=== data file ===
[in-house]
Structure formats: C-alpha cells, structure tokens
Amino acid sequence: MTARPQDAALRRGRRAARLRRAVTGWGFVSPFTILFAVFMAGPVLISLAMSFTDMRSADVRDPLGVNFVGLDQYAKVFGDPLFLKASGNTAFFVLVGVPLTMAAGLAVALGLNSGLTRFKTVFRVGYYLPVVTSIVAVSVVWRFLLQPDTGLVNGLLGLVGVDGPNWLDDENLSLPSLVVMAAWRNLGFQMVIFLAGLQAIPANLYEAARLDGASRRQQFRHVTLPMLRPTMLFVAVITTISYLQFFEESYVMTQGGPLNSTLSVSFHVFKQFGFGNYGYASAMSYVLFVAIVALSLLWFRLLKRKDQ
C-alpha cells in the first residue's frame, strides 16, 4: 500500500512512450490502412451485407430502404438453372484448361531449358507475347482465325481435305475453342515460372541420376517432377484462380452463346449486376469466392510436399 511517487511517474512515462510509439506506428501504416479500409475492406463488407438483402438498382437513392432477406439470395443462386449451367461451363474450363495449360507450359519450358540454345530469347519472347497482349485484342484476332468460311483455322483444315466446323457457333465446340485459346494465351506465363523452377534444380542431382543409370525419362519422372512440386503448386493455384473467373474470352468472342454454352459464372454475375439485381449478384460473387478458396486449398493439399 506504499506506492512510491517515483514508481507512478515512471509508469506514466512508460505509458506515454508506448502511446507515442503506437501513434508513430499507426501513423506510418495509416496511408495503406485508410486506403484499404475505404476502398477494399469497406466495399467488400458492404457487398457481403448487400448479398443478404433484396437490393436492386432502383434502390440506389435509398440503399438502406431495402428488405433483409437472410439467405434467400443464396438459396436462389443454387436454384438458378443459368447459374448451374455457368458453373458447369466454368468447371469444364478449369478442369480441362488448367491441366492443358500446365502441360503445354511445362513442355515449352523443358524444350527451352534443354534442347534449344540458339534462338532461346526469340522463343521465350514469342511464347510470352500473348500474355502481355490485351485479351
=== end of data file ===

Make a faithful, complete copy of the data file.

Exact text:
[in-house]
Structure formats: C-alpha cells, structure tokens
Amino acid sequence: MTARPQDAALRRGRRAARLRRAVTGWGFVSPFTILFAVFMAGPVLISLAMSFTDMRSADVRDPLGVNFVGLDQYAKVFGDPLFLKASGNTAFFVLVGVPLTMAAGLAVALGLNSGLTRFKTVFRVGYYLPVVTSIVAVSVVWRFLLQPDTGLVNGLLGLVGVDGPNWLDDENLSLPSLVVMAAWRNLGFQMVIFLAGLQAIPANLYEAARLDGASRRQQFRHVTLPMLRPTMLFVAVITTISYLQFFEESYVMTQGGPLNSTLSVSFHVFKQFGFGNYGYASAMSYVLFVAIVALSLLWFRLLKRKDQ
C-alpha cells in the first residue's frame, strides 16, 4: 500500500512512450490502412451485407430502404438453372484448361531449358507475347482465325481435305475453342515460372541420376517432377484462380452463346449486376469466392510436399 511517487511517474512515462510509439506506428501504416479500409475492406463488407438483402438498382437513392432477406439470395443462386449451367461451363474450363495449360507450359519450358540454345530469347519472347497482349485484342484476332468460311483455322483444315466446323457457333465446340485459346494465351506465363523452377534444380542431382543409370525419362519422372512440386503448386493455384473467373474470352468472342454454352459464372454475375439485381449478384460473387478458396486449398493439399 506504499506506492512510491517515483514508481507512478515512471509508469506514466512508460505509458506515454508506448502511446507515442503506437501513434508513430499507426501513423506510418495509416496511408495503406485508410486506403484499404475505404476502398477494399469497406466495399467488400458492404457487398457481403448487400448479398443478404433484396437490393436492386432502383434502390440506389435509398440503399438502406431495402428488405433483409437472410439467405434467400443464396438459396436462389443454387436454384438458378443459368447459374448451374455457368458453373458447369466454368468447371469444364478449369478442369480441362488448367491441366492443358500446365502441360503445354511445362513442355515449352523443358524444350527451352534443354534442347534449344540458339534462338532461346526469340522463343521465350514469342511464347510470352500473348500474355502481355490485351485479351